In an attempt to counter the ostentatious wedding industry, a young couple, led by the Original Poster (OP), arranges a cost-effective yet heartfelt celebration. The climax unfolds when the couple decides to include a cash bar to manage their budget, sparking a divide among friends and family. Will this controversy threaten their vision of a perfect day, or will they manage to find an unexpected resolution?
Planning the Wedding
OP, a young woman, and her fiancé are planning a low-budget wedding for the upcoming year. They have sourced the venue, food, and entertainment from generous family and friends. Their clothes are thrifted, and the costs are kept under $2,000.
The Venue Decision
OP’s uncle offers his farm as a location for the ceremony and reception. This choice keeps the wedding intimate and allows them to save money on renting a venue. It’s a scenic country setting, which adds a rustic charm to their celebration.
Food and Music for Free
One of OP’s college friends agrees to cater the wedding for free as a gift, another cost-effective decision. Moreover, a friend of the groom’s has a band that will also perform at the wedding for free. These offerings help them maintain their frugal goal.
To save even more, OP finds her dress and her fiancé’s suit from Goodwill. These clothes are then altered to fit them perfectly. This approach furthers their frugality while keeping up with their unique style.
The Booze Problem
Regarding alcohol, the couple realizes that the cost might overrun their budget due to their guest list of 150 people. They estimate the alcohol would cost at least $1,000. The idea of spending this much money stresses them out.
The Cash Bar Idea
To cope with the potential alcohol expense, they decide to provide a cash bar. Their idea is to buy the beverages, pay a cousin to bartend, and then recoup some costs by charging moderate prices. It seems like a win-win solution to them.
However, when OP shares this idea with one of her bridesmaids, the latter reacts negatively. The bridesmaid states that a cash bar at the wedding is incredibly tacky. This response leaves OP taken aback.
The Online Research
Feeling unsure, OP turns to the internet to understand more about wedding etiquette. She discovers that cash bars at weddings are quite common. She questions why she should spend money to provide free alcohol for everyone.
The Wedding Party Divide
After some discussion, the wedding party seems split on the cash bar issue. Some friends and family side with the bridesmaid’s perspective, while others understand OP’s dilemma. The situation escalates tension among the group.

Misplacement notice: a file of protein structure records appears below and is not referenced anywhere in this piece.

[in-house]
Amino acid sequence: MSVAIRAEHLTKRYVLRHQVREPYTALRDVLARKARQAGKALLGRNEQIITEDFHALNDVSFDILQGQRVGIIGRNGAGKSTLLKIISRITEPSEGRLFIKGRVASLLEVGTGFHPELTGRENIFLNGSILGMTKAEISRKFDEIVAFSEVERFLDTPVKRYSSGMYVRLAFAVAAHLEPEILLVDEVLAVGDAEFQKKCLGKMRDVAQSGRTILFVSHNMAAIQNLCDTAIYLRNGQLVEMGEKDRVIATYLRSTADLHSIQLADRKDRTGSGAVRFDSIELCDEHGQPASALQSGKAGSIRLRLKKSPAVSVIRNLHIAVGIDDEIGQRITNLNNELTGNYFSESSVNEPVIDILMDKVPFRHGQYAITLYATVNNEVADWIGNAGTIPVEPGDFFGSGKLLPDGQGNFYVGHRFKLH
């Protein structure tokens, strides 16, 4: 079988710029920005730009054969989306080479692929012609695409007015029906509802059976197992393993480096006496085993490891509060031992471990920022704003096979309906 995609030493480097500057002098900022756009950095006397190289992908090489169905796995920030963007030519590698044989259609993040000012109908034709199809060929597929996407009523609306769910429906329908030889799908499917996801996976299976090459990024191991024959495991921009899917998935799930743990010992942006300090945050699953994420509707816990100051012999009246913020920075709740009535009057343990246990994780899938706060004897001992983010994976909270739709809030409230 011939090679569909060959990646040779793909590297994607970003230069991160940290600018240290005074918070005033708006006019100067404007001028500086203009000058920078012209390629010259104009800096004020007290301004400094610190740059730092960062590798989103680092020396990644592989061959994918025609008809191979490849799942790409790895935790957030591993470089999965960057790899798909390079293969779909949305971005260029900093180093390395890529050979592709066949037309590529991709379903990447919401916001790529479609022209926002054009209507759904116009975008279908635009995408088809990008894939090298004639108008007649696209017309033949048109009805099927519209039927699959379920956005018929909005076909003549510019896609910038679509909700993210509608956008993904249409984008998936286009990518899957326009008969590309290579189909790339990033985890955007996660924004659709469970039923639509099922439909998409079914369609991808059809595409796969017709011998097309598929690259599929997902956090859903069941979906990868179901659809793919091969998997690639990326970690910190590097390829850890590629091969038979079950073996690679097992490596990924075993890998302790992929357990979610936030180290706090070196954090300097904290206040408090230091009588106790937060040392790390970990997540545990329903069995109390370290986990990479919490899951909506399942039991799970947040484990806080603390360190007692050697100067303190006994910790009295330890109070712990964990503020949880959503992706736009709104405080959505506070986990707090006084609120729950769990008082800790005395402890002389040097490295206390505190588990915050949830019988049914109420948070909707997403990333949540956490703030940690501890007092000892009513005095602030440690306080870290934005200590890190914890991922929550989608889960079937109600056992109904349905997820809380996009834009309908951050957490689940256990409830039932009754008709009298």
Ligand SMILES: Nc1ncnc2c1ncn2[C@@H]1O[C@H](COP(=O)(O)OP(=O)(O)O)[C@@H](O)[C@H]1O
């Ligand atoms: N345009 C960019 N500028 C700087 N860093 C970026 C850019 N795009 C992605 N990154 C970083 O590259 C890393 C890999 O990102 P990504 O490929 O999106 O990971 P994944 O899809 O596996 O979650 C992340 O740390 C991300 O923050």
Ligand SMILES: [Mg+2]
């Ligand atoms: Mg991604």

Doubt and Confusion
This conflict causes OP to wonder if her decision for a cash bar is a faux pas. She becomes unsure about the right approach and questions her initial plan. The accusation of being ‘tacky’ makes her worry about the wedding reception.
A Secret Supporter
One of the groomsmen discreetly supports the cash bar idea and suggests a compromise. He proposes offering a few free drinks and then switching to a cash bar. This plan aims to keep both sides happy.
The Final Decision
OP and her fiancé decide to go with the groomsmen’s compromise about the cash bar. They opt to offer guests a limited amount of free drinks, after which they’ll charge for drinks. This decision caters to both their budget and their guests’ expectations.
Unraveling the Surprise
OP decides to let their guests know about the cash bar plan in advance. By doing this, they hope to avoid any surprises or disappointments during the wedding. This openness helps to smooth over any potential disagreements.
Was The Couple’s Behavior Appropriate?
OP posts her experience with the cash bar decision online for feedback. The readers in the community forum had a lot of mixed views on the matter. Here are some of their responses:
One reader said, “So you’re saying you already have a free venue, food, and entertainment… And you want to make a profit from your guests?”
Another Commenter Thinks
Another responder wrote, “No one had the problem with you having a cash bar, but making money from it is distasteful, rude, cheap, and even illegal.”
A Third View on The Story
A different person stated, “People spend an incredible amount of time and effort to attend weddings, especially if they’re from out of town. The least you can do is buy the drinks.”
A Final Perspective on the Matter
Another reader replied, “It strikes me as distasteful for wanting to profit off your guests. They’re there to celebrate with you, not to pay for your wedding.”
What Do You Think?
What are your thoughts on their actions?
What would you have done in this situation?
This story is inspired by a thread from an online forum.